Anxiety. It’s a funny word. Attached to it comes a lot of stigma, just like any mental illness.

My bumbling, messy journey with anxiety probably started way before I was even aware of it.

It wasn’t until I ended up being carted off to North Mids hospital in an ambulance for the second time in 2 months, in 2015, that I started to realise that the stabbing pains and dizziness I was experiencing, was actually down to stress and anxiety, not to gallstone as we thought on my first visit to A&E.

I hate hospitals, most people do. My fear of them comes from seeing my grandma there it what I referred to as the ‘ nutty ward’ where I was convinced she did not need to be.

Flash forward to July 2015, alone in a strange hospital with no one I knew and a dying battery, I was terrified and didn’t love the thought of doctors prodding and poking. I remember them having to calm me down as they tried to fit and iv drip into my arm. It was freezing thanks to the air con and all I wanted was my mum. They took me to the ward at about 1am and I tried to sleep. The next morning the priding and poking my poor tummy started again and was sent off for an ultrasound. I was starving at this point as I was nil by mouth until I’d had the scan. Gallstones was still the potential cause at the time.

Secretly I was quite glad to be there and not on placement. My mentor wasn’t the nicest person in the world and made me feel like I was incompetent of doing anything. Hence the stomach pains and feeling sick. I was convinced I was going to fail my placement and lose out on my dream job of being a teacher. Thankfully my tutor from uni was on my side. Doses up to my eye balls on as sack full of painkillers I went off home, after spending all day on the ward on the hottest day of the year with no air con. (Freezing in A&E. Boiling on the ward).

Being around family seemed to help. But panic attacks were still common. I went off home to mums for the summer and thought things would be better. But a month into my NQT year I had the stabbing tummy pains again and collapsed at school. Back I went to the fun factory. Only the doctors weren’t as nice that time. The drip wasn’t in my arm properly so the machine connecting it was peeping all night, there was a lady shouting for help and someone else arguing with the doctor. Recuse the near day came in the form of auntie Sue. I was told I wasn’t staying at home on my own so we went to get some over night things and off to Barnet we went.

My cousin’s wife and daughter came round the next morning to be with my and uncle Dave. Auntie sue rang throughout the day to check I had eaten and taken my tablets. Annie cuddles was the best therapy for me 😊

After getting the all clear and was diagnosed with anxiety. I was offered tablets which I declined and decided to try counselling (for the 3rd time) it didn’t work. So I gave up and asked for medication. I just wanted to be able to sleep properly, as night terrors were a regular things.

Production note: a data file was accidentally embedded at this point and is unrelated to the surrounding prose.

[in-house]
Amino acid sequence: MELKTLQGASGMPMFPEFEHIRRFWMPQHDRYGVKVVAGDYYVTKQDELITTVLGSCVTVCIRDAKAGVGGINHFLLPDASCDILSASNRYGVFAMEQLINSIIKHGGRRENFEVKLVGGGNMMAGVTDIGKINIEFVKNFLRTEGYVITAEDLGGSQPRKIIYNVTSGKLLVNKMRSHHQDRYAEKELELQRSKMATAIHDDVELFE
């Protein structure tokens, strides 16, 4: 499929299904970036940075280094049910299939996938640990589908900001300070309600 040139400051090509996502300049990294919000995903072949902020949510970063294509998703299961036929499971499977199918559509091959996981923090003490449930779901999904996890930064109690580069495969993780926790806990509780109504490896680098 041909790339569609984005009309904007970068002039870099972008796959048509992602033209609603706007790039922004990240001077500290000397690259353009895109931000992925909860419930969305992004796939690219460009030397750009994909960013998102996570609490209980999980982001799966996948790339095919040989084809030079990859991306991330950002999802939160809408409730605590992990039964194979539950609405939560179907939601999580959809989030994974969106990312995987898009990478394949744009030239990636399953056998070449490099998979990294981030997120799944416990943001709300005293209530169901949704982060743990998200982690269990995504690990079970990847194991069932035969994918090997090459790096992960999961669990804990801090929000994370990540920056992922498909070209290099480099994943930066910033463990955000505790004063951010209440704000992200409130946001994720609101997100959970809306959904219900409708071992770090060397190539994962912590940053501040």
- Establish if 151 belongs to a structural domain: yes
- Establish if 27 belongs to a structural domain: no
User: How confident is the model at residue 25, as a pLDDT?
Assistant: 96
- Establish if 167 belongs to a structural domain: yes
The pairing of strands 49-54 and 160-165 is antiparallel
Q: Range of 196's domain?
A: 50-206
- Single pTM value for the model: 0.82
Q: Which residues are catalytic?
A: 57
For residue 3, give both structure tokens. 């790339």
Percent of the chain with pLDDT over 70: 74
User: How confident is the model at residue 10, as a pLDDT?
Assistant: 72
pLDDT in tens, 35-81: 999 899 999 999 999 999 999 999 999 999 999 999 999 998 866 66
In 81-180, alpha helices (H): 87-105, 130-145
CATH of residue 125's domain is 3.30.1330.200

They tablets seemed to work for a bit, but then last year so much change happened at my old school that my head didn’t seem to handle it. I applied for a new job and left the ‘fun factory’ in July 2018. It was the right choice… oh so I thought.

I was hoping new school. New people, no dreaded thought of ofsted.

It wasn’t so bad to start off with. Though panic attacks were still happening when observations loomed. I was struggling with the behaviour of one child in particular. The doctor upped my medication to help with the undue stress and the pressure that came with being in a sats year group. This last year has many ups and downs. I think it was the right choice to move schools and am looking forward to this next year.

But anxiety is still there in the back of my mind. Whether it’s worry about money, or family, or the most annoying housemate in the world. I am having good days and bad days. Saturday (3/8/19) was a bad day. I had gone into central London with my boyfriend as we were going to the cat cafe. But on the way back the tube was really busy and there was an awful lot of people in the stations. My boyfriend is great at calming me down, but at that moment I just wanted to get out of there. The bus to Enfield was just as busy, it was hot and smelly. Once back in my safe space I was able to calm down and relax.

I have been the happiest I have been in a long time, but I am no where near being anxiety free, as much as I wish I was. Sometimes I feel that people think I’m just putting it on do attention. But as most people who know me know, attention is the last thing I want when having an anxiety attack. I just want to get a stage where I am confident enough to be in crowded places, not get worked up over observations and be able to go out and socialise.

When it comes to dealing with it, reading, drawing and being creative helps. However, the biggest comfort comes in the form of my family – mum, auntie sue, uncle Dave, Tom, Kat, the kids and Basim. The adults let me vent, cry, shout, ask for advice and my two squishes just want to play and draw which is sometimes all the therapy I need.

Stress and anxiety affects us all in different ways. Mine comes in the form of stabbing pains in the tummy. For others it might be head aches, chest pain or tingling fingers. We’re not crazy or attention seeking, it is our bodies acting completely naturally to situations we feel uncomfortable in. – fight or flight mode. It’s how we chose to handle the situation the determines how we then react to the feeling. Do we run from it and panic or do we stay and fight and say ‘I will not let you scare me’. For me I feel it’s time to stop running and time to fight anxiety and take back my life properly, so I can enjoy teaching my wonderful class, have fun adventures with Basim and stop letting things scare me, instead embrace them and say ‘screw you, I’m Emily Clark! I’m amazing! I’m ready to take on the world!’

Are you ready to fight back?

I’m sure going to have fun on my adventure.

Welcome to my world

I’m new to blogging and not a clue where to start. I think it comes from my crazy urge to write a children’s book. I love books and always will. My safe place is a book store or a library – a passion I thankful share with my mum and boyfriend.